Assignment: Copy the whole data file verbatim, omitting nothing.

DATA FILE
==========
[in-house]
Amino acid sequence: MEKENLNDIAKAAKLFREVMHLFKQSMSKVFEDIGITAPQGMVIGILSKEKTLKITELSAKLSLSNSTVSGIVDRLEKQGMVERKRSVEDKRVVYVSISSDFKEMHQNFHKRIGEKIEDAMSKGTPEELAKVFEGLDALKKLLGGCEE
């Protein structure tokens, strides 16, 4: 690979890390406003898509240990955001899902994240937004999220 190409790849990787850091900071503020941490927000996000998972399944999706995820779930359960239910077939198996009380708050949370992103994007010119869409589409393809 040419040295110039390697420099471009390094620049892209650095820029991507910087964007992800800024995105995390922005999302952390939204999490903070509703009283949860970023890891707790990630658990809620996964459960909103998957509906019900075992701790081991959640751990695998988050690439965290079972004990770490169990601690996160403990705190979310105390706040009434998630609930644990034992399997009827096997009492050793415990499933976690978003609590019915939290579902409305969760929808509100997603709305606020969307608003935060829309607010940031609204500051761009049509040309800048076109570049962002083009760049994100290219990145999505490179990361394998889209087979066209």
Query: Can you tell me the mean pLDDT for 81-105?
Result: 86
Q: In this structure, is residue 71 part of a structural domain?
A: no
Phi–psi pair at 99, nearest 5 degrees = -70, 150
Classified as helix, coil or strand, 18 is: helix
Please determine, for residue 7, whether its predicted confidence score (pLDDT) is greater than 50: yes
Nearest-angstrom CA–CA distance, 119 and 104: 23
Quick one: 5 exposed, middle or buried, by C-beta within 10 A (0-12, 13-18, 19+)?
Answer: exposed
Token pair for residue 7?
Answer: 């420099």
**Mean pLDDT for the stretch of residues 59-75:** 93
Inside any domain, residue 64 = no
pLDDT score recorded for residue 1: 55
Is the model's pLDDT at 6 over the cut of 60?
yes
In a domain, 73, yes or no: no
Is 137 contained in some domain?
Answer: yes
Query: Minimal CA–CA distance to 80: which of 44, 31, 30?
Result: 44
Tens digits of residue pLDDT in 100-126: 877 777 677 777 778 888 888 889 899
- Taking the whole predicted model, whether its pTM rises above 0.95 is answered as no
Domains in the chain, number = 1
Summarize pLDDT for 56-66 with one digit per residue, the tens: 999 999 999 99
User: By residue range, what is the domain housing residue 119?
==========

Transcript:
[in-house]
Amino acid sequence: MEKENLNDIAKAAKLFREVMHLFKQSMSKVFEDIGITAPQGMVIGILSKEKTLKITELSAKLSLSNSTVSGIVDRLEKQGMVERKRSVEDKRVVYVSISSDFKEMHQNFHKRIGEKIEDAMSKGTPEELAKVFEGLDALKKLLGGCEE
């Protein structure tokens, strides 16, 4: 690979890390406003898509240990955001899902994240937004999220 190409790849990787850091900071503020941490927000996000998972399944999706995820779930359960239910077939198996009380708050949370992103994007010119869409589409393809 040419040295110039390697420099471009390094620049892209650095820029991507910087964007992800800024995105995390922005999302952390939204999490903070509703009283949860970023890891707790990630658990809620996964459960909103998957509906019900075992701790081991959640751990695998988050690439965290079972004990770490169990601690996160403990705190979310105390706040009434998630609930644990034992399997009827096997009492050793415990499933976690978003609590019915939290579902409305969760929808509100997603709305606020969307608003935060829309607010940031609204500051761009049509040309800048076109570049962002083009760049994100290219990145999505490179990361394998889209087979066209």
Query: Can you tell me the mean pLDDT for 81-105?
Result: 86
Q: In this structure, is residue 71 part of a structural domain?
A: no
Phi–psi pair at 99, nearest 5 degrees = -70, 150
Classified as helix, coil or strand, 18 is: helix
Please determine, for residue 7, whether its predicted confidence score (pLDDT) is greater than 50: yes
Nearest-angstrom CA–CA distance, 119 and 104: 23
Quick one: 5 exposed, middle or buried, by C-beta within 10 A (0-12, 13-18, 19+)?
Answer: exposed
Token pair for residue 7?
Answer: 């420099």
**Mean pLDDT for the stretch of residues 59-75:** 93
Inside any domain, residue 64 = no
pLDDT score recorded for residue 1: 55
Is the model's pLDDT at 6 over the cut of 60?
yes
In a domain, 73, yes or no: no
Is 137 contained in some domain?
Answer: yes
Query: Minimal CA–CA distance to 80: which of 44, 31, 30?
Result: 44
Tens digits of residue pLDDT in 100-126: 877 777 677 777 778 888 888 889 899
- Taking the whole predicted model, whether its pTM rises above 0.95 is answered as no
Domains in the chain, number = 1
Summarize pLDDT for 56-66 with one digit per residue, the tens: 999 999 999 99
User: By residue range, what is the domain housing residue 119?